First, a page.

Your comparison to Redfin is misleading. Redfin is a real estate brokerage (agency) that primarily uses the internet to source leads.

They are not a portal.

They have a discount model and are attempting to change how agents in the US approach selling and marketing real estate.

Redfin do not fit into any box easily in the USA let alone here in Australia.  Whilst I agree with Simon that Redfin technically are not a portal there is far more to it than that as they are a hybrid solution and their offerings differ on location.

They run a website featuring listings from other agents similar to a potal but they also show property and charge commission…  BUT only in just 16 metro areas only… Outside of those areas, and that does leave a lot of the US, they have partner agencies that they generate leads for on their website. The partner agent only pays 15% to Redfin for that lead if they make a sale.

In areas outside of those 16 metro areas I would argue that they are more like a portal than not.   See for yourself at  (the word portal in the URL was not lost on me either!)

Personally I cant see how that could easily fit into the Australian market at all. I believe that the strategists at REA would have considered every possibility including this, because I know I would have if it was my company,  I don’t think it has any legs.

A typical real estate transaction in the USA has a sellers agent and a buyers agent for 3% each, totalling a commission of 6%.  Redfin represents the buyer who effectively gets some of the commission back in savings similar to how Refund Home Loans works here in Australia.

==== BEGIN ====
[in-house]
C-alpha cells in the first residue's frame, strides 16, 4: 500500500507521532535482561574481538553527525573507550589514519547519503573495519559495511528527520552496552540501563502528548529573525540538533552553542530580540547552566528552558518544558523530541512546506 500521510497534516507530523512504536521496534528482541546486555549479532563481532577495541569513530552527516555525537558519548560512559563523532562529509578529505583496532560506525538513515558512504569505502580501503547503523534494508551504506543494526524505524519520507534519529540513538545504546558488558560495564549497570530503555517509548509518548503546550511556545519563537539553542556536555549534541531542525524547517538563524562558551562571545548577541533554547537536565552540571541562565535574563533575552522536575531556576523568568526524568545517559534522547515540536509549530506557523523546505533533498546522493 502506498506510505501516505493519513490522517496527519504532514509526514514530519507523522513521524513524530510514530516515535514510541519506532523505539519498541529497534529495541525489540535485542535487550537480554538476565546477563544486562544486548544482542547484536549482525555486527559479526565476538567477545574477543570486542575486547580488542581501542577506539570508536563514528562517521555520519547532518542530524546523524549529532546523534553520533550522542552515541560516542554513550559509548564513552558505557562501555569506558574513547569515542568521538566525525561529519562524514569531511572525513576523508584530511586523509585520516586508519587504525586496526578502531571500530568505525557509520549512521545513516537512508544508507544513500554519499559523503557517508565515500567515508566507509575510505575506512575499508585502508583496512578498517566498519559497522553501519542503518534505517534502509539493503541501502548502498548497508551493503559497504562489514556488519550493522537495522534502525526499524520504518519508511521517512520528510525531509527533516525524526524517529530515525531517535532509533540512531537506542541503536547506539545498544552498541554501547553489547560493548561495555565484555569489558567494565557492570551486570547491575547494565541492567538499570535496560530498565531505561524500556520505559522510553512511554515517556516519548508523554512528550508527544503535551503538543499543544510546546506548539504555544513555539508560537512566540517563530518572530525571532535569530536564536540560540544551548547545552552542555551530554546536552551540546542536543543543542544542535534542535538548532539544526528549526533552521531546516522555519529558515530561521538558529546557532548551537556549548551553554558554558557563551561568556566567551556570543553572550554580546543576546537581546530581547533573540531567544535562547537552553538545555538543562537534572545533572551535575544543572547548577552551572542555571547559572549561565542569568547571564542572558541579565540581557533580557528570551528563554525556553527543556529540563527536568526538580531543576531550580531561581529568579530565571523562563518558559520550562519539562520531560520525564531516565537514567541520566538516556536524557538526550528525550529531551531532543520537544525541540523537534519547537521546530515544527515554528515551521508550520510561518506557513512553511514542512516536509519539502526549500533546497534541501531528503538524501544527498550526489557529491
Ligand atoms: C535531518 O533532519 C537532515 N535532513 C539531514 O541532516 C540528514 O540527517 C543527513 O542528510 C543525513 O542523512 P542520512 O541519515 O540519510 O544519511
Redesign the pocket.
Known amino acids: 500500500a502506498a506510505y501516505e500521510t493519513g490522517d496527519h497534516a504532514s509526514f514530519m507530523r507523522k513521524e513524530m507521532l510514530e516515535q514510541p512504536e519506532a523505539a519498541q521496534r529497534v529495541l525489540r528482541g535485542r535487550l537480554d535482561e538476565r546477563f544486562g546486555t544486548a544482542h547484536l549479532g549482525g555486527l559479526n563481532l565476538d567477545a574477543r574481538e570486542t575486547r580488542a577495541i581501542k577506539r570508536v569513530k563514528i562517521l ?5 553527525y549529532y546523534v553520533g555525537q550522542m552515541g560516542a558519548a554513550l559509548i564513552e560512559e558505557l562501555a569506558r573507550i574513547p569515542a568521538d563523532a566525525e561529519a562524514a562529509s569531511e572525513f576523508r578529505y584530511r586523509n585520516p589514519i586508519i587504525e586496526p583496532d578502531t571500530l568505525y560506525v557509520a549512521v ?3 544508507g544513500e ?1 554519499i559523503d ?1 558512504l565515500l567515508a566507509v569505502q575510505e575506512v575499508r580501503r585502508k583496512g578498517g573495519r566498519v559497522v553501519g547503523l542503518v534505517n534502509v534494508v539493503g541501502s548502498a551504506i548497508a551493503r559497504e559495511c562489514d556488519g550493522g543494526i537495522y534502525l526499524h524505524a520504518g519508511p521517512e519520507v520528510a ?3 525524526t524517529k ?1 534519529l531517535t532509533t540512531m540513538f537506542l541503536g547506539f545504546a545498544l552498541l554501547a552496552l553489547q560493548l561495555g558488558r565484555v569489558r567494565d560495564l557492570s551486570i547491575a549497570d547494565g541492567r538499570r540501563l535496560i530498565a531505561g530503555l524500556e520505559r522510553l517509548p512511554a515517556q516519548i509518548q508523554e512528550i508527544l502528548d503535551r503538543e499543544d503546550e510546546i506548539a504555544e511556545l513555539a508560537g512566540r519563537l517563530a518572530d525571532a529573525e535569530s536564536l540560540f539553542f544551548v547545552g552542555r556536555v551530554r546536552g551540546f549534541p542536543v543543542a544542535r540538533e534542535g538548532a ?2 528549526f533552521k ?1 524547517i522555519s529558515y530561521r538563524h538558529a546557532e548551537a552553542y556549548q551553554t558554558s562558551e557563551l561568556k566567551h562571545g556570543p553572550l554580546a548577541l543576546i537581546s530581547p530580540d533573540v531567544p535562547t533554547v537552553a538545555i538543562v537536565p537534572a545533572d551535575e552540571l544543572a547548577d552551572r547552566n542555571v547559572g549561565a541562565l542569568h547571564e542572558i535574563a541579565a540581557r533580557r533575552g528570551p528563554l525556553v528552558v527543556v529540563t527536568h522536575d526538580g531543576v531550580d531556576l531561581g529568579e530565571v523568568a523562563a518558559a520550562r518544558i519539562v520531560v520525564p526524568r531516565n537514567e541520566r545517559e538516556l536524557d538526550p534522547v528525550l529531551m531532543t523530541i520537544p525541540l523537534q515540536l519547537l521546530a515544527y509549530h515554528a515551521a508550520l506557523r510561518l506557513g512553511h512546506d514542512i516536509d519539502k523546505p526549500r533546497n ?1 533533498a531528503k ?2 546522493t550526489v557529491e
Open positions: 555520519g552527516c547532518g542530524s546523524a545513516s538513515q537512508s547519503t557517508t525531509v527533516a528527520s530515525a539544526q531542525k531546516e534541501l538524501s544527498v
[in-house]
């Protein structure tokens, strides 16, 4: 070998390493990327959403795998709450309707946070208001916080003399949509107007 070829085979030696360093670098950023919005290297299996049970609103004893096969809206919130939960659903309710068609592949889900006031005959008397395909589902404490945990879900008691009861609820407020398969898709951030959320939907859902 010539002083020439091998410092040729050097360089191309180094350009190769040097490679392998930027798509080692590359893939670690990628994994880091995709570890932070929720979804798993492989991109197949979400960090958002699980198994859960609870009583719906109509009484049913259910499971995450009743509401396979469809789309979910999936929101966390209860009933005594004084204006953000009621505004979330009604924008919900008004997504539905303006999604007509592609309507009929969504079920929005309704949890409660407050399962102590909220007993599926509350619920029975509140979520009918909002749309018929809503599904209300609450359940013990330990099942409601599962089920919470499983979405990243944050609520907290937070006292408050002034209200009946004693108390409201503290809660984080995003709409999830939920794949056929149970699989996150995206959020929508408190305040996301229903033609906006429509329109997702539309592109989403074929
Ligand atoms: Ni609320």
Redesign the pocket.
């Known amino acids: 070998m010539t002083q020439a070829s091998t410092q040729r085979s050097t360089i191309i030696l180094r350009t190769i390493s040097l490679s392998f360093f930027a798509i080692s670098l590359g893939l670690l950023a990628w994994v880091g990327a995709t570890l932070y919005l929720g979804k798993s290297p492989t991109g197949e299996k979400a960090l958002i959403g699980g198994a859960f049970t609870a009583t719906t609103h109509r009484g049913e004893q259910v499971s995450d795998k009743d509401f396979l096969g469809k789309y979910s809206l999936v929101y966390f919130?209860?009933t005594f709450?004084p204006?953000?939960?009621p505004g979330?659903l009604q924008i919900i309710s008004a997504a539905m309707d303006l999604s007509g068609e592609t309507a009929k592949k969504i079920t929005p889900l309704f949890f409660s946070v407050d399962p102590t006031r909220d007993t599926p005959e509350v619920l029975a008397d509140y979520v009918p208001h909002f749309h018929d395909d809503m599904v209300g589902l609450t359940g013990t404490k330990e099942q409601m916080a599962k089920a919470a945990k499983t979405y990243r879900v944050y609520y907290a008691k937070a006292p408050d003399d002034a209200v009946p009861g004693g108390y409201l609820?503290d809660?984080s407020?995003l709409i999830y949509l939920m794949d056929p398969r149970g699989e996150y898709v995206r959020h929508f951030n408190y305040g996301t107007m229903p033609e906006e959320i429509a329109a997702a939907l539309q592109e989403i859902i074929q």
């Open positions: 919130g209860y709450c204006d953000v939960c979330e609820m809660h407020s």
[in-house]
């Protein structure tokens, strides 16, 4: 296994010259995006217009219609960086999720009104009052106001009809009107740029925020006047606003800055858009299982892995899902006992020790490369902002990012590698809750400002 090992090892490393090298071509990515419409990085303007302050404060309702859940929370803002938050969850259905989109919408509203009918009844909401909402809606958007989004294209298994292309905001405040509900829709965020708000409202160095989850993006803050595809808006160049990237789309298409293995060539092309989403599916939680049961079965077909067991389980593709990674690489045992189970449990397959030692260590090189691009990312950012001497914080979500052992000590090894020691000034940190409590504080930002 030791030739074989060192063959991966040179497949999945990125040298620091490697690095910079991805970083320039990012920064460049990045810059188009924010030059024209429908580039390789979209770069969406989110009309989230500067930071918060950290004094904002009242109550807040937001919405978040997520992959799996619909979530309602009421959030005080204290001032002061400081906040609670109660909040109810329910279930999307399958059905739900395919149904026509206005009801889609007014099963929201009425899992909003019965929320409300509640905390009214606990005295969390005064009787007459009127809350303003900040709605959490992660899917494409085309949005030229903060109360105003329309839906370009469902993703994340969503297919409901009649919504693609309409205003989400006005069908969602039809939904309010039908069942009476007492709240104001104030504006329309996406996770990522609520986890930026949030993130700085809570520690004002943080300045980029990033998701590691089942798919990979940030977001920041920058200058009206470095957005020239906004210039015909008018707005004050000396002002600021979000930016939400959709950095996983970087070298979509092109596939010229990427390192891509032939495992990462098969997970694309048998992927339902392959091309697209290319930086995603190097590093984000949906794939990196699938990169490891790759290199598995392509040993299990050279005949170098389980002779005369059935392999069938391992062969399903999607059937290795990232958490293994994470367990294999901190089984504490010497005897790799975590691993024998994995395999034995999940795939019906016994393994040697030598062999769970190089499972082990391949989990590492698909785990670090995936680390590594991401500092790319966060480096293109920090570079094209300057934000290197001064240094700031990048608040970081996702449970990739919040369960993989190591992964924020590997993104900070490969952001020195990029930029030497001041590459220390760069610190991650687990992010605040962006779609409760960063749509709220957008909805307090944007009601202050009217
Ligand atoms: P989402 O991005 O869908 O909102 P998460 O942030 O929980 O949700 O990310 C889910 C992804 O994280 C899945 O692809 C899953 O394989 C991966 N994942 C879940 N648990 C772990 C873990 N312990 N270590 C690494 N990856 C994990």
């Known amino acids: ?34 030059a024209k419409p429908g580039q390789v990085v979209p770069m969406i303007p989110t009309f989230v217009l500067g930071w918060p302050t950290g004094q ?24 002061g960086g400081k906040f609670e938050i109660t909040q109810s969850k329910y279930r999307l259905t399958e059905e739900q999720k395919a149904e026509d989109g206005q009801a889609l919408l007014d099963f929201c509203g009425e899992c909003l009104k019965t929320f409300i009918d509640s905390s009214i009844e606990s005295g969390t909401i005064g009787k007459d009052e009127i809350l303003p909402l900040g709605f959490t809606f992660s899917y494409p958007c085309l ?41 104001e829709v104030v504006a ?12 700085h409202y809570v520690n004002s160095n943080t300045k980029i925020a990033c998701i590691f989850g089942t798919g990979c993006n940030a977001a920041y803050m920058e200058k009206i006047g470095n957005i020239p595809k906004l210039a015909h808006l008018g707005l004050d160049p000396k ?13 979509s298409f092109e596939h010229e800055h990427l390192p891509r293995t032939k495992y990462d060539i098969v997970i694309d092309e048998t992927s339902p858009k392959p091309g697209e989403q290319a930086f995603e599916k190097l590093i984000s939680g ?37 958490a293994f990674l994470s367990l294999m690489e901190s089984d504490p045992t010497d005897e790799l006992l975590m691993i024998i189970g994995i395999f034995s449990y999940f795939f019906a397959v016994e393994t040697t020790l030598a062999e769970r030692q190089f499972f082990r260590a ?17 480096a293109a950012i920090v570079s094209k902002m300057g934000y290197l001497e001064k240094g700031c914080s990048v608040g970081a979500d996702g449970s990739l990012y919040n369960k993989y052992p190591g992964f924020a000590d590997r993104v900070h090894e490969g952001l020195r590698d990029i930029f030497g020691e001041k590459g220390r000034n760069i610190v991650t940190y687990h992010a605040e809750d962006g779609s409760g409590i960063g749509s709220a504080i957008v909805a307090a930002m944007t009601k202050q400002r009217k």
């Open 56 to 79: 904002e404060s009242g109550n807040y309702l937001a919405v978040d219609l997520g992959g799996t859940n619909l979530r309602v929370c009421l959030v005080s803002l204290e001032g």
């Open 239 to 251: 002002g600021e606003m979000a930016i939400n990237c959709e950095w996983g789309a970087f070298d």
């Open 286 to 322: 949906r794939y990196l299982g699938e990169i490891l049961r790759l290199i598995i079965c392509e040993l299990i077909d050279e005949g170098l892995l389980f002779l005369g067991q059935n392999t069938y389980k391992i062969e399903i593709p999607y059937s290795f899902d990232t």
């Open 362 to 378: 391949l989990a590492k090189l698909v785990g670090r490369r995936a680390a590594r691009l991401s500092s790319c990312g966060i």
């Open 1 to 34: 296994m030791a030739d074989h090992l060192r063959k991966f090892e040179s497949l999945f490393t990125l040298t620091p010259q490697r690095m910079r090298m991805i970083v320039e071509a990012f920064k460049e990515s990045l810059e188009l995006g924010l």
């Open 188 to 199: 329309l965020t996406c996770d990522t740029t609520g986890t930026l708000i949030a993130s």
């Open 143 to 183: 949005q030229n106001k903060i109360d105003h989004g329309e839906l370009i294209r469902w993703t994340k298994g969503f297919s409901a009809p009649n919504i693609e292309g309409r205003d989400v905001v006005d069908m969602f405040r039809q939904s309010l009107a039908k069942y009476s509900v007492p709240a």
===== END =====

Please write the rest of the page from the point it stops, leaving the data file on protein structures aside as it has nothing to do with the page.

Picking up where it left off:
Let’s face it, I believe that the moment they took their first listing authority it would take only a few days for 10,000 agents to remove every listing on the portal.

The article also raises something that an anonymous poster, Deepthroat alluded to in previous articles and that was the meeting of Victorian agents at REIV headquarters about the revolt against REA…

REIV cheif Enzo seemed very quick to add that he has not been a part of the meetings and the REIV only provided the meeting rooms as they often do.  Why was he not involved…  because Enzo is the CEO of if he was involved in discussions you can bet that REA would be calling in the regulators.

As I have said many times in the past since I started to contribute here in 2007 , real estate agents need to control our data and not let companies like, RPData and Onthehouse use it from their own benefits as clearly their monetisation models are at our expense.

With the debates starting to focus on RPData I am more convinced than ever that an REI portal website is not THE solution.  I dont think it will do any harm, and I am sure that it can only place more and more pressure on the top two portals but the key to Project Rebellion is control of the data itself, not just sold data, but all data.   If, Domain and the data companies did not have unfettered access and the right to sell and trade it amongst themselves then these problems would simply not exist.

It seems that the campaign in Victoria to withhold sales data might have had an unintended victim as agents are not advising of Auction results according to an article in the Sunday Age.  This issue itself  is not new though as if you compare the various Auction Clearence rates quoted by some companies they never seem to agree. Until the regulators legislate that public auction results be made public this will be an ongoing issue.

We should start to get an indication of what the real estate groups and REI’s ase  planning as a response soon.

gabapentin 300 mg for dogs where to buy from Originally posted at the : Business2 Blog. Please visit Business2 to read all comments to the original article.